what that boy responded?

Instead of going into explanations that support stereotypes he said,
"No. That's Social Reasoning" (A Big Picture Learning Goal)and left out the door!

Social Reasoning asks these questions to guide research -qualitative or quantitative- How do diverse communities view this? How does this issue effect different communities? Who cares about this? To whom is it important? What is the history of this? How has this issue changed over time? Who benefits and who is harmed through this issue? What do people believe about this? What are the ethical questions behind this? What are the ethical questions behind this? WHat do I think should be done abou this? What can I do?

After hearing this I felt like I took a trip through a depth of understanding (the Matrix) I hadn't experienced. I have to say that my superficial belief ...that before this experience I called "authentic" belief in the model changed to a whole other level. I was amazed at how that final comment could tell me the depth of his learning. Afterward through more reflection I realized what a rich intellectual discussion I was able to have with an 17 year old. Okay so maybe I've known this student for four years and he trusts me..

BUT let me tell you this story...

Story #2

I just experienced this story, Friday, at a parent teacher student potluck at BP and it went something like this...

I sat down in the first available space to feed my 10 month old. She's very sociable, intelligent, strong and cute! I regress-back to the story. So I'm feeding her and I look up to see a student come sit across from me. This student is reserved and can tell right away he's NOT an extrovert. He's eating and I ask him if that's all he's going to eat...he's a skinny kid. I guess that's how the conversation started 'cause I'm not sure how we got to these details...he started talking about how he really likes his LTI. He's at Chicago Commons and its a tutoring program for 6, 7, 8th grade students. He started to describe what he has learned in the "Empirical Reasoning Rotation" (aka Environmental Science) and how he set up a presentation for the students in Chicago Commons of how global warm ing happens and how to prevent it. He discussed and described how the gas around the earth...the ozone layer is and how it it is changing its compostition that doesn't allow for heat to escape the earth...he goes on more about the many, many science details I can't remember. I asked how did he know the students liked the presentation and he answered that they were so into it that they kept asking questions and wanted to know more but he had to finish to help them study for school. I felt like I took a matrix trip again. 2 realizations: a student I never met before sat down with me and engaged me in an intellectual conversation about real world science without me having to prompt the whole time. #2 It was a natural conversation from a student who is reseved and he is a sophomore.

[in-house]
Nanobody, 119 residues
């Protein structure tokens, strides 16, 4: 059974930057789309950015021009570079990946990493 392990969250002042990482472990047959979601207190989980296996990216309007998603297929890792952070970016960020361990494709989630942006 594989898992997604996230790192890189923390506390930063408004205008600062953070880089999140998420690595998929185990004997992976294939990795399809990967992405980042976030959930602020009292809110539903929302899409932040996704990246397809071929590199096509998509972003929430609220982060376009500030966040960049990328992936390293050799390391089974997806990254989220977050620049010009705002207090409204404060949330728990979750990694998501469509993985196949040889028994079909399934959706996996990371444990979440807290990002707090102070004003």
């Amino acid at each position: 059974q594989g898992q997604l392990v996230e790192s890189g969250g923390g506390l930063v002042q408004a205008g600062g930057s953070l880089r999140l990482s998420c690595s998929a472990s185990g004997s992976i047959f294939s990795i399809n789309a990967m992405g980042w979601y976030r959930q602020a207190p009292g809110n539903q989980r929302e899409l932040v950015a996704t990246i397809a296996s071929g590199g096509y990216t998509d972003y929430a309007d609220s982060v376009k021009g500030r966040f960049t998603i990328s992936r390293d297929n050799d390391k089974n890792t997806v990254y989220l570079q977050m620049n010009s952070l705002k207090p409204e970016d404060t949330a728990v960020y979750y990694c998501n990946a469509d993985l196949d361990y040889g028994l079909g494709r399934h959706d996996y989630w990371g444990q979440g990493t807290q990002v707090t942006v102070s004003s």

Amazing huh?

Anonymous said...

Whoops...mistake. 17% of the sophomores are taking college courses at National Louis.

Maritza said...

Yes, totally amazing, but not surprising when people find something they want to learn about for themselves. Thank you for sharing.

I just have to add that yesterday afternoon one of the sophomores was over here. She asked me to look over her report on diabetes that is due Monday. Since I'm an writer and a former English teacher, I'm trying to get her to understand the idea of parallel structure in writing. She's starting to get it, but she forgets sometimes.

In terms of the content, she wrote a section about genetics and the role of heredity in diabetes that she didn't fully understand.

"Do you know what a gene is?" I asked her.

She didn't. So I tried to give her a quick Genetics 101 and we took a hunt on the Internet to see if they had any good explanations. I didn't find what I was looking for, but we did find a press release about a new study at the University of Colorado at Denver that has located a gene or gene cluster that has a very high correlation with type 1 diabetes. Earlier research had not established anywhere near such a strong genetic link in type 1 diabetes. I emailed her the link and hope she will talk with a teacher about it on Monday to get a deeper understanding. She does have a better grip on genes, chromosomes and the difference between identical and fraternal twins than she did before our conversation. It was fun.

Windy Citizen Share